COLUMBIA — Sarah Castle, a small woman with chipped hot-pink nail polish, sat on the sidelines at a preseason scrimmage. She watched carefully. Sometimes she focused on the action; then she looked at freshman MU Wheelchair Basketball player James McCormick, who was waiting to enter the competition.
Castle knows a lot about wheelchair basketball. She won a gold medal from the 2008 Paralympic Games in Bejing as a member of the United States women's wheelchair basketball team, which is set to defend its title at this year's Paralympics, which begin Wednesday in London.
Castle, a 28-year-old from Kansas City, was in Columbia to train with the MU men's team. The scrimmage, earlier this month at the MU Student Recreation Complex, was a chance for her to work with coach Ron Lykins, who leads the MU program. Twice a week, she made the trip to Columbia to train while finishing up work on her law degree at the University of Missouri-Kansas City.
At the scrimmage, McCormick told Castle he was nervous about how well he plays. Castle, who regularly plays in the team's scrimmages, told McCormick not to worry.
"You know how people picked kids on the playground to be on their team because they were good?" Castle asked. "Not me. I picked them because they were funny."
It's a reminder that the goal is to have fun.
As the pair wheeled onto the court to enter the game, Castle broke out a few quick dance moves with her arms. Dancing like this is a training technique for Castle, who said she believes that if you aren't having a good time, you won't win.
Castle, who is eligible for the Paralympics because of impairment to her legs caused by acute transverse myelitis, is a four-time Paralympian. She swam in her first two Paralympics, winning a silver medal in the 2000 Sydney Games.
She is the team captain for this year's USA Women's Wheelchair Basketball team, but plans to make this year's Paralympics her last. Naturally, her focus has turned to the future of the sport. The majority of this year's national team has never competed on the Paralympic stage.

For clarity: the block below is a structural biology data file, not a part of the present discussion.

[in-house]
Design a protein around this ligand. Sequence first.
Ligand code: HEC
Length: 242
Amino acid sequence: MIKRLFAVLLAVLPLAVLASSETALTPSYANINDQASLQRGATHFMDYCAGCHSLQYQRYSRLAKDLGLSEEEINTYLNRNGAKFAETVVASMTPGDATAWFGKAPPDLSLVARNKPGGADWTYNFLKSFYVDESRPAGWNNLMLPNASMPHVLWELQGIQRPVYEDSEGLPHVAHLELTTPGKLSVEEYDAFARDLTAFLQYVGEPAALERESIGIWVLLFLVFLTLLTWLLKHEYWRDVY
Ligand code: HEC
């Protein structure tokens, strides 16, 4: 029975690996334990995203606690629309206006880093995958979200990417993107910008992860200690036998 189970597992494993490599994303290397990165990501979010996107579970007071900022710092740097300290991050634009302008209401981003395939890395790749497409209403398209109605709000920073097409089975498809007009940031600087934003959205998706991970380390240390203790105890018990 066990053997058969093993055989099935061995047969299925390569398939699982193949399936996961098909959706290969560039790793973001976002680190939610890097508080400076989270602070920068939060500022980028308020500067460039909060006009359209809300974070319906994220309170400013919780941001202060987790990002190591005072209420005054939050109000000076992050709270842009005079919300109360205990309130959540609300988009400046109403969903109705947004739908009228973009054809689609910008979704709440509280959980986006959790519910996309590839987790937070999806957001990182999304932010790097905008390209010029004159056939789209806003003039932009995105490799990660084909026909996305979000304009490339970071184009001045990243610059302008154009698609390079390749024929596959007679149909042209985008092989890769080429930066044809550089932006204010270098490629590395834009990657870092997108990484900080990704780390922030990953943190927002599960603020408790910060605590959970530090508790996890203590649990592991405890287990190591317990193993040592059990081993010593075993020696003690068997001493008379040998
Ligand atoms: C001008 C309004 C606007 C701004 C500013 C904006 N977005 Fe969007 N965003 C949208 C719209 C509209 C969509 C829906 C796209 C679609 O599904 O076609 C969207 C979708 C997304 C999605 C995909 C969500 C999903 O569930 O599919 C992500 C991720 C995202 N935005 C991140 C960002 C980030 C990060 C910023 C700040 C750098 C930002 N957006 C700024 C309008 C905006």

"My job is to get through this event and then retire, but I've got girls whose job it is to carry the U.S. for the next 10 years," Castle said. "This is their teaching ground. This is where I teach them what it's going to take for them to carry it for 10 years. So that's where my pressure comes in.
"And so, I feel like my job is to make it fun. That's my biggest job."
She has also made working with the MU men's team an unofficial job. Lykins, her coach on the 2008 gold medal team, said Castle comes and helps at annual four-day youth camps where the MU team recruits players.
"I feel real fortunate to have worked with her … with our team here, working with her at camp, just working with our program in general," Lykins said. "Mizzou has really benefited by having her nearby. She's made a lot of contributions to our program. We're better because of it."
Castle, who is waiting for the results of her state bar exam, hopes to become an advocate for people with disabilities. She is already a practiced speaker on awareness of people with disabilities and touts the opportunities for people with disabilities in athletics.
"My biggest win is the fact that I can look in the mirror right now and say that I am the best version of myself that I have ever been," Castle said. "And I have become that from every struggle that I've ever experienced and every challenge I've ever had thrown in my face, but also from the fact that I can say I challenge myself and I will rise to the occasion."
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